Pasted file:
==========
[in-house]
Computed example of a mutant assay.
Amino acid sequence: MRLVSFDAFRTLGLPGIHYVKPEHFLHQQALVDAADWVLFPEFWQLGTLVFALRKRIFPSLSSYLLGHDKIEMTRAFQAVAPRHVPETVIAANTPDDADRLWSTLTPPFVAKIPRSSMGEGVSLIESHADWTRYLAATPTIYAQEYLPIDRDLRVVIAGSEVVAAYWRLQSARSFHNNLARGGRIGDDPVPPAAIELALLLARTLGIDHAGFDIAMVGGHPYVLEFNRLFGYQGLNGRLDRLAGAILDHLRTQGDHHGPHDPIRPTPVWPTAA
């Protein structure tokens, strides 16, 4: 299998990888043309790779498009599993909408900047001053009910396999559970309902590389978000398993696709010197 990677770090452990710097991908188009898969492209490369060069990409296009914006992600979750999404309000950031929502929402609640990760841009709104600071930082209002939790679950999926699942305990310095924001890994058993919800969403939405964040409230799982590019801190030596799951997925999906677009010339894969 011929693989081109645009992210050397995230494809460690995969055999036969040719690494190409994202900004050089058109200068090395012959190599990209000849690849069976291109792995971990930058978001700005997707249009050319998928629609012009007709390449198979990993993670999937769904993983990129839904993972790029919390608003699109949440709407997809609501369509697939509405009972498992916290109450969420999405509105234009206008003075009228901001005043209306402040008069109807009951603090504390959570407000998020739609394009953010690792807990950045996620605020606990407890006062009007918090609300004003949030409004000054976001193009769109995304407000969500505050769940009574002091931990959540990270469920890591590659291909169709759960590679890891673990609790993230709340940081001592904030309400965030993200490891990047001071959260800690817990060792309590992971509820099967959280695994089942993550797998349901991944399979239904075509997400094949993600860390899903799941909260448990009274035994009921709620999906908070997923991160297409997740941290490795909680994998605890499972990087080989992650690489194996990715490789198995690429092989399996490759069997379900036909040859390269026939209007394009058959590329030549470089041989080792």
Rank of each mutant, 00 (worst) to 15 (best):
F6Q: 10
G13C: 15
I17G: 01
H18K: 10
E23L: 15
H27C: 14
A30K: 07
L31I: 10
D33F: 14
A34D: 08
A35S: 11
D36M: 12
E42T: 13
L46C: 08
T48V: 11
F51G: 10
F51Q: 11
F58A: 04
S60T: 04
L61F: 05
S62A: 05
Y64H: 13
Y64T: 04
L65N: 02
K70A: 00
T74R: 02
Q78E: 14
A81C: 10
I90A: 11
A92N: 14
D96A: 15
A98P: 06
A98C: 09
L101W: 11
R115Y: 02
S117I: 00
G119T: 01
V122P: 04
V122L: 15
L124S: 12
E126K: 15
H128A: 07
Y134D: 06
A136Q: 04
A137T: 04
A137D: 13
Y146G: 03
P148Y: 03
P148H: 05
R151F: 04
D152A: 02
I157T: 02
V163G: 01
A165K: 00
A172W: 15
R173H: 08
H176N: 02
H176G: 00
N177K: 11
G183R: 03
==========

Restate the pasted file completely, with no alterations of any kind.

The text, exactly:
[in-house]
Computed example of a mutant assay.
Amino acid sequence: MRLVSFDAFRTLGLPGIHYVKPEHFLHQQALVDAADWVLFPEFWQLGTLVFALRKRIFPSLSSYLLGHDKIEMTRAFQAVAPRHVPETVIAANTPDDADRLWSTLTPPFVAKIPRSSMGEGVSLIESHADWTRYLAATPTIYAQEYLPIDRDLRVVIAGSEVVAAYWRLQSARSFHNNLARGGRIGDDPVPPAAIELALLLARTLGIDHAGFDIAMVGGHPYVLEFNRLFGYQGLNGRLDRLAGAILDHLRTQGDHHGPHDPIRPTPVWPTAA
């Protein structure tokens, strides 16, 4: 299998990888043309790779498009599993909408900047001053009910396999559970309902590389978000398993696709010197 990677770090452990710097991908188009898969492209490369060069990409296009914006992600979750999404309000950031929502929402609640990760841009709104600071930082209002939790679950999926699942305990310095924001890994058993919800969403939405964040409230799982590019801190030596799951997925999906677009010339894969 011929693989081109645009992210050397995230494809460690995969055999036969040719690494190409994202900004050089058109200068090395012959190599990209000849690849069976291109792995971990930058978001700005997707249009050319998928629609012009007709390449198979990993993670999937769904993983990129839904993972790029919390608003699109949440709407997809609501369509697939509405009972498992916290109450969420999405509105234009206008003075009228901001005043209306402040008069109807009951603090504390959570407000998020739609394009953010690792807990950045996620605020606990407890006062009007918090609300004003949030409004000054976001193009769109995304407000969500505050769940009574002091931990959540990270469920890591590659291909169709759960590679890891673990609790993230709340940081001592904030309400965030993200490891990047001071959260800690817990060792309590992971509820099967959280695994089942993550797998349901991944399979239904075509997400094949993600860390899903799941909260448990009274035994009921709620999906908070997923991160297409997740941290490795909680994998605890499972990087080989992650690489194996990715490789198995690429092989399996490759069997379900036909040859390269026939209007394009058959590329030549470089041989080792």
Rank of each mutant, 00 (worst) to 15 (best):
F6Q: 10
G13C: 15
I17G: 01
H18K: 10
E23L: 15
H27C: 14
A30K: 07
L31I: 10
D33F: 14
A34D: 08
A35S: 11
D36M: 12
E42T: 13
L46C: 08
T48V: 11
F51G: 10
F51Q: 11
F58A: 04
S60T: 04
L61F: 05
S62A: 05
Y64H: 13
Y64T: 04
L65N: 02
K70A: 00
T74R: 02
Q78E: 14
A81C: 10
I90A: 11
A92N: 14
D96A: 15
A98P: 06
A98C: 09
L101W: 11
R115Y: 02
S117I: 00
G119T: 01
V122P: 04
V122L: 15
L124S: 12
E126K: 15
H128A: 07
Y134D: 06
A136Q: 04
A137T: 04
A137D: 13
Y146G: 03
P148Y: 03
P148H: 05
R151F: 04
D152A: 02
I157T: 02
V163G: 01
A165K: 00
A172W: 15
R173H: 08
H176N: 02
H176G: 00
N177K: 11
G183R: 03